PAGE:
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There's no place like... Lymington

PUBLISHED: 17:23 14 December 2010 | UPDATED: 16:55 20 February 2013

During the summer months Lymington harbour is teaming with sailing enthusiasts and those heading over to the Isle of Wight for a day trip

During the summer months Lymington harbour is teaming with sailing enthusiasts and those heading over to the Isle of Wight for a day trip

Living in Lymington means you can combine the pleasures of town and coastal living with the countryside on your doorstep, says Jill Belcher

If there was ever a town which ticks all of the boxes for location, then it must be beautiful Georgian Lymington.
A couple of years ago it came top of a national estate agents survey as Britains most desirable coastal town and it certainly is a vibrant, historic place, chock full of all the community amenities you could want, yet with a very distinctive, individual character.
Everything you need to buy is obtainable in or off the picturesque and bustling High Street, home not only to many national chains but also a satisfying variety of high-quality individual retailers. Theres even a traditional Saturday morning market filling the High Street, where you can find stalls selling all your requirements, from vegetables to antiques.
As if this shopping nirvana were not enough, Lymington is also a paradise for sailors, with not just plenty of places to moor your craft but also the Royal Lymington Yacht Club, the largest RYA affiliated club in the world.
If country pursuits are more your thing, then look no further because Lymingtons position on the edge of the New Forest gives you the opportunity to ride, cycle, walk, play golf and enjoy the amenities it provides to your hearts content.
The Solent Way runs through the town and walkers and naturalists also have the benefit of the nearby Lymington and Keyhaven Nature Reserves.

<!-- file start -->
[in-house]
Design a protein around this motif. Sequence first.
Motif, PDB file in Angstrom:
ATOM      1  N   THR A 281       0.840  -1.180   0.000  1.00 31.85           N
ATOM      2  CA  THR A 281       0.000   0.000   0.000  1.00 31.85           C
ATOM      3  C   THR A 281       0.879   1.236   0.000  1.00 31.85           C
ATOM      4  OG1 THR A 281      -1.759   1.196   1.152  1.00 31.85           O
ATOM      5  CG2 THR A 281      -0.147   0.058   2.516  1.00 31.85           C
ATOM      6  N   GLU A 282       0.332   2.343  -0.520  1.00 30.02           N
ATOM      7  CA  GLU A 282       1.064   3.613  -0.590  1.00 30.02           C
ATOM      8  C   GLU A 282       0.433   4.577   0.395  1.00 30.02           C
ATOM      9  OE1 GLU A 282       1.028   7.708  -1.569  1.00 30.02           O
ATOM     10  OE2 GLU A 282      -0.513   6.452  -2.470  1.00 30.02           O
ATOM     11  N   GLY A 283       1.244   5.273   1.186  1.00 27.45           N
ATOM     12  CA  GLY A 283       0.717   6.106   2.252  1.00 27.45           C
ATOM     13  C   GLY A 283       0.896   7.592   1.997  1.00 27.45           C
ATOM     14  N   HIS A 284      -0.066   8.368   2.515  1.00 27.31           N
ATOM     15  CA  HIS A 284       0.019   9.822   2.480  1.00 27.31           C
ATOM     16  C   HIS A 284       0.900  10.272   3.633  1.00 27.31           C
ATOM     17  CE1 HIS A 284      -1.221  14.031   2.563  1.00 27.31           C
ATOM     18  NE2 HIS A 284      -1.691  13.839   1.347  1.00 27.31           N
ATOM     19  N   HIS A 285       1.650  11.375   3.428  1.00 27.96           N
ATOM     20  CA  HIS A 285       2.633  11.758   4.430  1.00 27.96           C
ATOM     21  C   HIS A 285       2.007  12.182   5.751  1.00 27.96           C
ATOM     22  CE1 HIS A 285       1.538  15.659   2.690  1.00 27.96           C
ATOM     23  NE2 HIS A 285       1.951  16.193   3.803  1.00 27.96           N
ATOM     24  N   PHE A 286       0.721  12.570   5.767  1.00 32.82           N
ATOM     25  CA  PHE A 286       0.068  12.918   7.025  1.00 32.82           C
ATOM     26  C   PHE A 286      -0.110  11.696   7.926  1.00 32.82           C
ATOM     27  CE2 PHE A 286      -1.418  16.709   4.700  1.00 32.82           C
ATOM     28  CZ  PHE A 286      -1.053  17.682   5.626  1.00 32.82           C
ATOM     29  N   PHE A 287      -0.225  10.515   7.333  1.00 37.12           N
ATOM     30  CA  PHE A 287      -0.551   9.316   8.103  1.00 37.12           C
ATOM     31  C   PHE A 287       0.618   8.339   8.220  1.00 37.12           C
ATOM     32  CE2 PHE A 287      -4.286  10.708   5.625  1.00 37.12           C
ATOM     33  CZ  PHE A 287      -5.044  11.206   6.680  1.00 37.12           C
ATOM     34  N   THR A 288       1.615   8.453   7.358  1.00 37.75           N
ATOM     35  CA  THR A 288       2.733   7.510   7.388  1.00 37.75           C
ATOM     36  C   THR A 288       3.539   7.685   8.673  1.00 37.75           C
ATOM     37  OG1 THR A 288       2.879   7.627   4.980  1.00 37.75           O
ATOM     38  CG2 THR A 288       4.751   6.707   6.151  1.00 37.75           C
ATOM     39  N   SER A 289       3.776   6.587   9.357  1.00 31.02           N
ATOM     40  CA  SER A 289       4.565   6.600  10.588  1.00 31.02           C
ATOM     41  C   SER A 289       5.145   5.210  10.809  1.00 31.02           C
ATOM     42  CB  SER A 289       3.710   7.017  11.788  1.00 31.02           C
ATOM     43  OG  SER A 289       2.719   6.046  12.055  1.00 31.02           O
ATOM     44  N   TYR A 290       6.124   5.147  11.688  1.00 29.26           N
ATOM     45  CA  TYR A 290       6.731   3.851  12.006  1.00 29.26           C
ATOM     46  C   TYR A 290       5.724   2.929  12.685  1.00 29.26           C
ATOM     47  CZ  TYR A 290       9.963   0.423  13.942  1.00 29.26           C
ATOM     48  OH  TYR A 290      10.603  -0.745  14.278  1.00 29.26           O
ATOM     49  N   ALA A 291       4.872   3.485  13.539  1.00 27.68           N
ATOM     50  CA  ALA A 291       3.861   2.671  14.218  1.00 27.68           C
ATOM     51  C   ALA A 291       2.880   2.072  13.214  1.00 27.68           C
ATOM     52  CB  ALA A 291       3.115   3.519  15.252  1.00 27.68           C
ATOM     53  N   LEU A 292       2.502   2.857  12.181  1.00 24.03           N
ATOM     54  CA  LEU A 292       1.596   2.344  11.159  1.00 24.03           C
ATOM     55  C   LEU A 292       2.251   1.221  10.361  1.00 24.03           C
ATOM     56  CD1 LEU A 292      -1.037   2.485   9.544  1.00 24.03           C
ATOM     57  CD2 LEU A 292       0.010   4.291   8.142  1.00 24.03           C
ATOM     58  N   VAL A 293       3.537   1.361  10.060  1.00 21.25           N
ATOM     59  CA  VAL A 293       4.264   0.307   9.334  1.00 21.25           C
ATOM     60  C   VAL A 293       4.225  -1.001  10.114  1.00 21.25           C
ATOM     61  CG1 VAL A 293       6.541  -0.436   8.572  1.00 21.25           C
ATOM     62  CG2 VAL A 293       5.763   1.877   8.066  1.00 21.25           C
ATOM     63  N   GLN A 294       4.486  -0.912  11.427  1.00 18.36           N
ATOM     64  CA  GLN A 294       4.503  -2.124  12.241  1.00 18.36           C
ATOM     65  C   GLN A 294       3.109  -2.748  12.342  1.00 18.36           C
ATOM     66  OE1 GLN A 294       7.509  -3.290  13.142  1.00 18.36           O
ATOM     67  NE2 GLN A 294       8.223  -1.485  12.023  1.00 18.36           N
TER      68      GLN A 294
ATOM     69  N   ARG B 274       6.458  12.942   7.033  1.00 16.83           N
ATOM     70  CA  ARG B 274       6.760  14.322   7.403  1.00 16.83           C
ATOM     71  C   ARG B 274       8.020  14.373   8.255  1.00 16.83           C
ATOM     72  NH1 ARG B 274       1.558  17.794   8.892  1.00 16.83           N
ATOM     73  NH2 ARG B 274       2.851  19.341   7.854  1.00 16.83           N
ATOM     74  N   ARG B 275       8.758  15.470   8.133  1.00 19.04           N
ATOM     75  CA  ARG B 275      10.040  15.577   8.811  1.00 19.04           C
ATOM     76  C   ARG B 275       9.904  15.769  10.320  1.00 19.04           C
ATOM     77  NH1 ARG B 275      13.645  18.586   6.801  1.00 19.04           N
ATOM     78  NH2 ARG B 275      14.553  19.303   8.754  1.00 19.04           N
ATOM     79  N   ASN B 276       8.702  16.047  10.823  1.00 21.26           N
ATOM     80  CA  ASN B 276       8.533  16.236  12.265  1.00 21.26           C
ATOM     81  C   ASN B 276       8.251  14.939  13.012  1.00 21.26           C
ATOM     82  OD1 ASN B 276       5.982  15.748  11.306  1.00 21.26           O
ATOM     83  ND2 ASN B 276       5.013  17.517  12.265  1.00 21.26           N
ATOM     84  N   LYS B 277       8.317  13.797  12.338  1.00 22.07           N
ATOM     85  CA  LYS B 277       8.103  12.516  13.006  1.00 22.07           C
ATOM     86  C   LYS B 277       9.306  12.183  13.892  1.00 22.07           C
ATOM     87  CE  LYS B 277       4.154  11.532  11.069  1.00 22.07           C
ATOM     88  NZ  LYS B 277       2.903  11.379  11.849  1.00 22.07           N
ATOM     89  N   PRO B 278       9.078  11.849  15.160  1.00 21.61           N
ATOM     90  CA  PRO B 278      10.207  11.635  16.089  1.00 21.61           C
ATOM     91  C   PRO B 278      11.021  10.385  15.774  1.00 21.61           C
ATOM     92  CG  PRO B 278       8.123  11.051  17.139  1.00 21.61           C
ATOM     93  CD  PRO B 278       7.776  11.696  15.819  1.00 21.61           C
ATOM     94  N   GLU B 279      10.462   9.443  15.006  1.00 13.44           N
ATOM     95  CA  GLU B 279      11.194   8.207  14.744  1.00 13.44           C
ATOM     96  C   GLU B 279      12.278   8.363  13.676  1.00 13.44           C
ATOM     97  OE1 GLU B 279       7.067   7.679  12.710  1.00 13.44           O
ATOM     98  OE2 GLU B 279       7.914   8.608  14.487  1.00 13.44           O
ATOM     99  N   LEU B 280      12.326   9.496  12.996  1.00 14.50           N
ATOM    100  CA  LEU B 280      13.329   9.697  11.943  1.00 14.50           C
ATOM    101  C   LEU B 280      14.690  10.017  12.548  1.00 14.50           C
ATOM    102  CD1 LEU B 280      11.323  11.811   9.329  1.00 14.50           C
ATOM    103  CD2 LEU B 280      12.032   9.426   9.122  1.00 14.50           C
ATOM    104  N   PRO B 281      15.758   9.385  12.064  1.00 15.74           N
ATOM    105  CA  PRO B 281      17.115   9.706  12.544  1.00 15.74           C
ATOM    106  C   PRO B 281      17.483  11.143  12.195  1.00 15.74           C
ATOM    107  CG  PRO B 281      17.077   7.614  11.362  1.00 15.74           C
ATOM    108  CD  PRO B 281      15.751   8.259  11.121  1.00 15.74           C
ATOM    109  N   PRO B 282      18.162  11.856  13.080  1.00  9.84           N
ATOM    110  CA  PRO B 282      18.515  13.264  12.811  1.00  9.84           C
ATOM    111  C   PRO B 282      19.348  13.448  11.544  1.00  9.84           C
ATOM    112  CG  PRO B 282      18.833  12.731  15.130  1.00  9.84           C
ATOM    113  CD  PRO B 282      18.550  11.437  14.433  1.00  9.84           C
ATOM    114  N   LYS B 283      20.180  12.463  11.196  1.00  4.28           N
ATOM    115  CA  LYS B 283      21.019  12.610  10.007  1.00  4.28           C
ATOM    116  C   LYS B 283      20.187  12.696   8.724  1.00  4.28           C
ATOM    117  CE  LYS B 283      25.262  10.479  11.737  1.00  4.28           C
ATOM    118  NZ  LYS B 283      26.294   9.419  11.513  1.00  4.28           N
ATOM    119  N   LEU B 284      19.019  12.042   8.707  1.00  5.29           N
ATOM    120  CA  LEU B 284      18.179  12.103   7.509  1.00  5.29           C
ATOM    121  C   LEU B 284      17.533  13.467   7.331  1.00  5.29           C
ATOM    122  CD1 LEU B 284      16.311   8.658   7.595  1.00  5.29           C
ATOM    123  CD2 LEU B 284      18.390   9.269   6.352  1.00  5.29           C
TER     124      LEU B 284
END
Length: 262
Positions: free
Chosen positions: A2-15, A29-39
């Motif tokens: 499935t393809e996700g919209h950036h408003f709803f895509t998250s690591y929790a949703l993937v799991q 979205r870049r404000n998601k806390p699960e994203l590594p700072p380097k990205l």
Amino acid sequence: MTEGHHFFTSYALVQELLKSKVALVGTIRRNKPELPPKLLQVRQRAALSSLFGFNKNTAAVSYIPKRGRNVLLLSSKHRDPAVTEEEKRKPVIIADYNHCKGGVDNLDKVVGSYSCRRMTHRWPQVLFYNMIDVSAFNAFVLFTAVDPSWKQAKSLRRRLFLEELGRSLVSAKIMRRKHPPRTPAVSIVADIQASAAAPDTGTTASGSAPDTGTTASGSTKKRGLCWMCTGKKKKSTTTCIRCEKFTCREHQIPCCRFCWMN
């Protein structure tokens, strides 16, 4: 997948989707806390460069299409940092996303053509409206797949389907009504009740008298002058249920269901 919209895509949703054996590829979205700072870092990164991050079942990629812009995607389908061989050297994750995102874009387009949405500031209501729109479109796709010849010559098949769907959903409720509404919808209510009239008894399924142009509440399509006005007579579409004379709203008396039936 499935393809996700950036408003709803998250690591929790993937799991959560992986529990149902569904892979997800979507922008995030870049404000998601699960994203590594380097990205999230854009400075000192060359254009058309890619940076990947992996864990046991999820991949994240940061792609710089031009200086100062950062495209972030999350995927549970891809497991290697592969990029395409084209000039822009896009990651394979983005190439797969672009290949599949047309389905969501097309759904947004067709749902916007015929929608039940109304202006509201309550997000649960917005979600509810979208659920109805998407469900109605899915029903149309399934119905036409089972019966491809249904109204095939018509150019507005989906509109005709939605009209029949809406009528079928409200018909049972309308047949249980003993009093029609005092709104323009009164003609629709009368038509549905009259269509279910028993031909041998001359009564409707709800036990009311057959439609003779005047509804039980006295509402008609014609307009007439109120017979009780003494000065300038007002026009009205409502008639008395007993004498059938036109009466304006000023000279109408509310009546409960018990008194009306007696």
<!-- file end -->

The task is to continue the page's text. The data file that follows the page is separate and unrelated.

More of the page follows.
All this opportunity for exercise doesnt mean that the cultural side of life is neglected. Lymingtons St Barbe Museum and Art Gallery, tucked away behind the High Street, not only tells the story of the town and the New Forest coast, but also holds major art events and exhibitions, workshops and talks.
Buckland Rings, a short distance from the centre of the town, is where people in Neolithic and Bronze Age times first settled the area. Lymington prospered thanks to the Normans exploiting the local sea salt industry and even today, during the summer months, you can swim in one of the old salt pans.
With the resources of the New Forest on its doorstep and the sea lapping at its shore, it was only natural that Lymington should develop into a busy boat-building centre, a craft which has survived, although nowadays efforts centre on the leisure boating industry rather than warships.
Whether you favour a period home or something more modern, Lymington has a wide range of housing stock, from grand listed Georgian houses in the centre to modern executive homes with plenty of ground a little further out of town.
There are also waterside homes, including flats and many properties suitable for a weekend hideaway.
Lymington even has two railway stations, one in town and one at Lymington Pier, and trains connect at Brockenhurst, where you can travel to London in little over 90 minutes.


Schools
Local independent Hordle Walhampton School is a co-educational boarding and day school for pupils from two to 13 years. Ballard School, in nearby New Milton, is an independent co-educational day school for children from one-and-a-half to 16, while Moyles Court School in Ringwood takes day and boarding students from nursery to senior age. Local state primary schools are considered good.


Your commute
Trains from Lymington run to nearby Brockenhurst, which has excellent direct links to Bournemouth and Waterloo, while you can enjoy the beauties of the New Forest if you commute through it to join the M27 for Southampton and the M3. Bournemouth and Poole are just to the west. If you work on the Isle of Wight, the Wightlink Lymington to Yarmouth ferry is the shortest and fastest vehicle route there, taking just 30 minutes.



Why I live in Lymington



Lyndsey Metcalf (33), managing director of Lymington-based lifestyle communications agency Inspired, grew up in the New Forest and moved to Lymington a year ago after working for 12 years in London.
I have travelled the world for work but I genuinely think the south coast and the New Forest is one of the nicest places in Britain, she says. I got to the top of my agency, wanted to consider my next move, came back home and decided it would be a good place to set up my own business because it is an affluent area with good, strong businesses.
My family owns the Big Bath Company in Lymington. The town is generally a bustling place without being overcrowded, the New Forest is on your doorstep and so is the coast. There are really nice houses and you can have a great quality of life in terms of watersports,
horse-riding and sailing, as well as culture and social life and there are good restaurants The Mill at Gordleton is excellent.

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